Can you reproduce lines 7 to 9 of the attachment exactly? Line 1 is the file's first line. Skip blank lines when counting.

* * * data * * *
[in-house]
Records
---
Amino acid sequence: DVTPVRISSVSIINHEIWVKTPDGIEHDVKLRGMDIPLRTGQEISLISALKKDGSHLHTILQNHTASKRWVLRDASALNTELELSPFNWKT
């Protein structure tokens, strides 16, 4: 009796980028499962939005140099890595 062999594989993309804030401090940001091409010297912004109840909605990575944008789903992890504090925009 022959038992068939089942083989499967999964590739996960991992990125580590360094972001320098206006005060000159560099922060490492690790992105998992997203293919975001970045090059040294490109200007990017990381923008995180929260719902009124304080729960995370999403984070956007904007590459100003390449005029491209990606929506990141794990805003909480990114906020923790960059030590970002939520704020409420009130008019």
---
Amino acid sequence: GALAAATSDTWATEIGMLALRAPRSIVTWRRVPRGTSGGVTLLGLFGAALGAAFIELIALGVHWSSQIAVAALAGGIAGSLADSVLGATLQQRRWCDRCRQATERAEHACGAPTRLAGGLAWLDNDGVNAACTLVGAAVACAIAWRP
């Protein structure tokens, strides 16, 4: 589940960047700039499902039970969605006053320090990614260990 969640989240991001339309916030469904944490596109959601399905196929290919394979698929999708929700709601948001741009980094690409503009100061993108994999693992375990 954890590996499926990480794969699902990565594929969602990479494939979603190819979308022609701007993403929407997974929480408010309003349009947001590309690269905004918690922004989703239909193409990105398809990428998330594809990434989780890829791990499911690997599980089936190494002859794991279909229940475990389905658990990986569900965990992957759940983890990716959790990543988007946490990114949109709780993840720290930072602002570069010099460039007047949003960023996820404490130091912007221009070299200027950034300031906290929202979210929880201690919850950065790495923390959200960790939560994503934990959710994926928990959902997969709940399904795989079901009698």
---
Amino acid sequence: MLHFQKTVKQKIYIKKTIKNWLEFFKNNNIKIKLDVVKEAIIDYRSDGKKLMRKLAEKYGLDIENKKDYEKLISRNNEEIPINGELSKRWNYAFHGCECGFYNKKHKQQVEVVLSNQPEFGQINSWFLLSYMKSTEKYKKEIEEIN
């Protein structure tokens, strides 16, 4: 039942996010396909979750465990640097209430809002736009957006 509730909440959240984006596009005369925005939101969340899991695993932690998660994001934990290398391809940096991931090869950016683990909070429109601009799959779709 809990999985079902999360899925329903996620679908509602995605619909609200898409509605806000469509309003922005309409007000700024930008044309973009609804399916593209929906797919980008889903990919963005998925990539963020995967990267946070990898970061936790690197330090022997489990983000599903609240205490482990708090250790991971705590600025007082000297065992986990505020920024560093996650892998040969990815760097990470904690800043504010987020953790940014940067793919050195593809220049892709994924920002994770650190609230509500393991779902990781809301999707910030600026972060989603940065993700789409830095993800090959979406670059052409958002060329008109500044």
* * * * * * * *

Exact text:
Amino acid sequence: GALAAATSDTWATEIGMLALRAPRSIVTWRRVPRGTSGGVTLLGLFGAALGAAFIELIALGVHWSSQIAVAALAGGIAGSLADSVLGATLQQRRWCDRCRQATERAEHACGAPTRLAGGLAWLDNDGVNAACTLVGAAVACAIAWRP
């Protein structure tokens, strides 16, 4: 589940960047700039499902039970969605006053320090990614260990 969640989240991001339309916030469904944490596109959601399905196929290919394979698929999708929700709601948001741009980094690409503009100061993108994999693992375990 954890590996499926990480794969699902990565594929969602990479494939979603190819979308022609701007993403929407997974929480408010309003349009947001590309690269905004918690922004989703239909193409990105398809990428998330594809990434989780890829791990499911690997599980089936190494002859794991279909229940475990389905658990990986569900965990992957759940983890990716959790990543988007946490990114949109709780993840720290930072602002570069010099460039007047949003960023996820404490130091912007221009070299200027950034300031906290929202979210929880201690919850950065790495923390959200960790939560994503934990959710994926928990959902997969709940399904795989079901009698």
---